Pinkeye Advice from Nurse Carol
With the most famous case of pinkeye behind us (see Bob Costas, Winter Olympics), and Spring Pollen looming ahead, Nurse Carol Aman gives a little background/advice on dealing with Conjunctivitis or Pinkeye.
Conjunctivitis is the most common childhood eye infection. You may also know it as “pink eye” because the infection causes the eye to be irritated and bloodshot, thereby giving it a “pink” appearance. I’m Carol Aman, LPN and I’ve been a nurse with ABC Pediatrics for 15 years. I have taken many nurse calls over the years pertaining to conjunctivitis and would like to share with you the advice that I give to parents who call so that you will be better prepared the next time someone in your family develops this infection.
Conjunctivitis means inflammation of the surface of the eye or the underside of the eyelid. It can be the result of allergies, irritants, a foreign body, a virus or bacteria.The patient with conjunctivitis is uncomfortable. The symptoms can range from excess tears to a sandpaper feeling to pus draining from the infected eye and thick, crusty material on the eyelids. If the conjunctivitis is due to a virus or bacteria, it can spread very easily from person to person in a family by direct contact with the eye drainage. If you wipe your child’s eye, forget to wash your hands with soap and water, and then you rub your eye without thinking about it, you can easily be the next one with conjunctivitis. Conjunctivitis is best treated quickly. It is important to consult with us if pinkeye affects a member of your family. Start by calling our office to speak to me or any one of our nurses. I will ask several questions to best determine how to respond to the problem. If the conjunctivitis appears to be due to an irritant, I will recommend flushing your child’s eye with cold water for 10 – 15 minutes. If it appears to be caused by an allergy, a foreign body, a virus or bacteria, I will arrange for your child to be seen by one of our providers that same day so that we can better determine the cause and then recommend an appropriate course of treatment. In some cases, your child will be given eye drops to soothe the irritation and told to use warm compresses over the eye. In other cases, an antibiotic eye drop or ointment will be prescribed. In more severe cases when there is redness or swelling in the tissues around the eye, antibiotics taken by mouth or given in the vein may be indicated because the infection may no longer be contained to just the surface of the eye.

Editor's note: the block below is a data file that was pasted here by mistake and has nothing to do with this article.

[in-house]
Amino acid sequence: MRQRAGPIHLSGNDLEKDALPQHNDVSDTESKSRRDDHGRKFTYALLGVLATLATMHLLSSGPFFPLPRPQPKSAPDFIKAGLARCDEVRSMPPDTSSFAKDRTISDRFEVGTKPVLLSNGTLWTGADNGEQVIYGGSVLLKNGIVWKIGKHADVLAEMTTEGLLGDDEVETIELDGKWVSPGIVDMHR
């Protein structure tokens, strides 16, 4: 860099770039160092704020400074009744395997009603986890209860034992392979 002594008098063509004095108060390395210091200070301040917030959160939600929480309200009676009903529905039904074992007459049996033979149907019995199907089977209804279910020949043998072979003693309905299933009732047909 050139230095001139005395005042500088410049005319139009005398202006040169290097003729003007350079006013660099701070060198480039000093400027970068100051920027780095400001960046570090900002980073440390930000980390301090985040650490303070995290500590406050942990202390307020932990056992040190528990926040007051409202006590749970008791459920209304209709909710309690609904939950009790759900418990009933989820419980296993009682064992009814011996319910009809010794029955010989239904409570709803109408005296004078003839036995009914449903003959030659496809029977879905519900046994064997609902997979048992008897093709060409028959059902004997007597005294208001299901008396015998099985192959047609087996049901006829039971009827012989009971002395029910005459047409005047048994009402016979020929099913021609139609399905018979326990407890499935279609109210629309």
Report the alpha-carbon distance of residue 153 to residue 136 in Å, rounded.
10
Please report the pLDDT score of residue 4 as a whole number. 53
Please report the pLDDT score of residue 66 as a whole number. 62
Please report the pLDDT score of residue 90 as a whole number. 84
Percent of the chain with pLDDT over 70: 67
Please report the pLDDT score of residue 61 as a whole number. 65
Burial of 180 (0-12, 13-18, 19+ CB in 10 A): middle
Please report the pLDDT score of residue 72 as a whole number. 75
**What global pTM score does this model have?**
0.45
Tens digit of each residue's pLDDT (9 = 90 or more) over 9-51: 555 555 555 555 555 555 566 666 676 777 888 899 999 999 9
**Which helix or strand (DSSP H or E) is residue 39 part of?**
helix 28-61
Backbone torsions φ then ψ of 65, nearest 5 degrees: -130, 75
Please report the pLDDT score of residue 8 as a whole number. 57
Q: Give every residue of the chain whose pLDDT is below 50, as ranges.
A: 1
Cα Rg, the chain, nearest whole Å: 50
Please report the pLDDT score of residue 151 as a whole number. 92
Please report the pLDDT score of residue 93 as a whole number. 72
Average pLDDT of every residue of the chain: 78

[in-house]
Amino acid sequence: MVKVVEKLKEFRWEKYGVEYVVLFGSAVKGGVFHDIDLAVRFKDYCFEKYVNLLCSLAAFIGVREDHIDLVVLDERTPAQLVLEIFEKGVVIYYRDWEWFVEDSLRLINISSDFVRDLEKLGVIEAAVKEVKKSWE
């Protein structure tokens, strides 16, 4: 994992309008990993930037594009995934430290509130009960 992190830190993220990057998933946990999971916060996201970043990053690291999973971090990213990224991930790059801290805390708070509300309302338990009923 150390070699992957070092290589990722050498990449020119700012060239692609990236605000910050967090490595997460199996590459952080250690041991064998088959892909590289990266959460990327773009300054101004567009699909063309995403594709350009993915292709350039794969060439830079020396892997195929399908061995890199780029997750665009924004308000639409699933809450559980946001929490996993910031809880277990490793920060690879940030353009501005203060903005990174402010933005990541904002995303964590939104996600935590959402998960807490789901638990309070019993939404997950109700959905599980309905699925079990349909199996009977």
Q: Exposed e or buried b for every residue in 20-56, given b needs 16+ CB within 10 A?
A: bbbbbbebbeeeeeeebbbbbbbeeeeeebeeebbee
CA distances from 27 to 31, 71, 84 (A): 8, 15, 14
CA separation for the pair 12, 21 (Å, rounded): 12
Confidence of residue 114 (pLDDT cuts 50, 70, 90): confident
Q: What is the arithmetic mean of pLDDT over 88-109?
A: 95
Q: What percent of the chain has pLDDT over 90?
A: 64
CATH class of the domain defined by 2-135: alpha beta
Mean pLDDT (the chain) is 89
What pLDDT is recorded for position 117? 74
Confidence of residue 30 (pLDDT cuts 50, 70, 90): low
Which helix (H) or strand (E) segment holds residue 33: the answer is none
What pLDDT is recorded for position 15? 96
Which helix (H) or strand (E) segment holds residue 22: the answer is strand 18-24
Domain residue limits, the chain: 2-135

In all cases of conjunctivitis, GOOD HANDWASHING is of great importance to prevent the spread to other family members.

If your child shows signs of conjunctivitis, please call me at ABC Pediatrics, (910) 892-1333, so that we can discuss your situation and get the proper treatment for your child as soon as possible.

Take care,
Carol Aman, LPN

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